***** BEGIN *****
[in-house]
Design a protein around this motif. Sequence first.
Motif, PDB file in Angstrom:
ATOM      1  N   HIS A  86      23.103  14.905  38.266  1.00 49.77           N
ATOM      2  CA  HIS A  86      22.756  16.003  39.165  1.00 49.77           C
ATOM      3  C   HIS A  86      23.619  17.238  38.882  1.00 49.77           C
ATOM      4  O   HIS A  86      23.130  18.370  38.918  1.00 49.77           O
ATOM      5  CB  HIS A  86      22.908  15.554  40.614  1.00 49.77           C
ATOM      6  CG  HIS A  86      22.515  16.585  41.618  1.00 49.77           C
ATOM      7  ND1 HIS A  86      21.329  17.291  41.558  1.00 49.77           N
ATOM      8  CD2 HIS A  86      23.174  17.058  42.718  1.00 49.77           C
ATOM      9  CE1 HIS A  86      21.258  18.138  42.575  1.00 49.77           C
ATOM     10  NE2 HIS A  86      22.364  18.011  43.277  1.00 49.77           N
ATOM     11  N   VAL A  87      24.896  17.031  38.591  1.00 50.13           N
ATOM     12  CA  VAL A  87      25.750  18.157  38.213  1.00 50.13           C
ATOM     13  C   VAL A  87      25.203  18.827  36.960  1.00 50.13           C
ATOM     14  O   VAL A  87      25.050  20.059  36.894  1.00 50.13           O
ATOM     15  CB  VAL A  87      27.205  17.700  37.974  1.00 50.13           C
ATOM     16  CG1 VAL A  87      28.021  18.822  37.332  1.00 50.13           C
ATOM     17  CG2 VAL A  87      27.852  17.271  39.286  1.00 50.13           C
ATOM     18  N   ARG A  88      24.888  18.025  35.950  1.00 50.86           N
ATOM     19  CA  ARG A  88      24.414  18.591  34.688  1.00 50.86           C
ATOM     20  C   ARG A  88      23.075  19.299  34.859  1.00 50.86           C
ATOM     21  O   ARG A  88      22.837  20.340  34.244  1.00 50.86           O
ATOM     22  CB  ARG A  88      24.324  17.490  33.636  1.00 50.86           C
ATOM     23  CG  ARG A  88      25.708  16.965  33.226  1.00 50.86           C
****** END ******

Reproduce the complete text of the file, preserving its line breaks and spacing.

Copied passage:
[in-house]
Design a protein around this motif. Sequence first.
Motif, PDB file in Angstrom:
ATOM      1  N   HIS A  86      23.103  14.905  38.266  1.00 49.77           N
ATOM      2  CA  HIS A  86      22.756  16.003  39.165  1.00 49.77           C
ATOM      3  C   HIS A  86      23.619  17.238  38.882  1.00 49.77           C
ATOM      4  O   HIS A  86      23.130  18.370  38.918  1.00 49.77           O
ATOM      5  CB  HIS A  86      22.908  15.554  40.614  1.00 49.77           C
ATOM      6  CG  HIS A  86      22.515  16.585  41.618  1.00 49.77           C
ATOM      7  ND1 HIS A  86      21.329  17.291  41.558  1.00 49.77           N
ATOM      8  CD2 HIS A  86      23.174  17.058  42.718  1.00 49.77           C
ATOM      9  CE1 HIS A  86      21.258  18.138  42.575  1.00 49.77           C
ATOM     10  NE2 HIS A  86      22.364  18.011  43.277  1.00 49.77           N
ATOM     11  N   VAL A  87      24.896  17.031  38.591  1.00 50.13           N
ATOM     12  CA  VAL A  87      25.750  18.157  38.213  1.00 50.13           C
ATOM     13  C   VAL A  87      25.203  18.827  36.960  1.00 50.13           C
ATOM     14  O   VAL A  87      25.050  20.059  36.894  1.00 50.13           O
ATOM     15  CB  VAL A  87      27.205  17.700  37.974  1.00 50.13           C
ATOM     16  CG1 VAL A  87      28.021  18.822  37.332  1.00 50.13           C
ATOM     17  CG2 VAL A  87      27.852  17.271  39.286  1.00 50.13           C
ATOM     18  N   ARG A  88      24.888  18.025  35.950  1.00 50.86           N
ATOM     19  CA  ARG A  88      24.414  18.591  34.688  1.00 50.86           C
ATOM     20  C   ARG A  88      23.075  19.299  34.859  1.00 50.86           C
ATOM     21  O   ARG A  88      22.837  20.340  34.244  1.00 50.86           O
ATOM     22  CB  ARG A  88      24.324  17.490  33.636  1.00 50.86           C
ATOM     23  CG  ARG A  88      25.708  16.965  33.226  1.00 50.86           C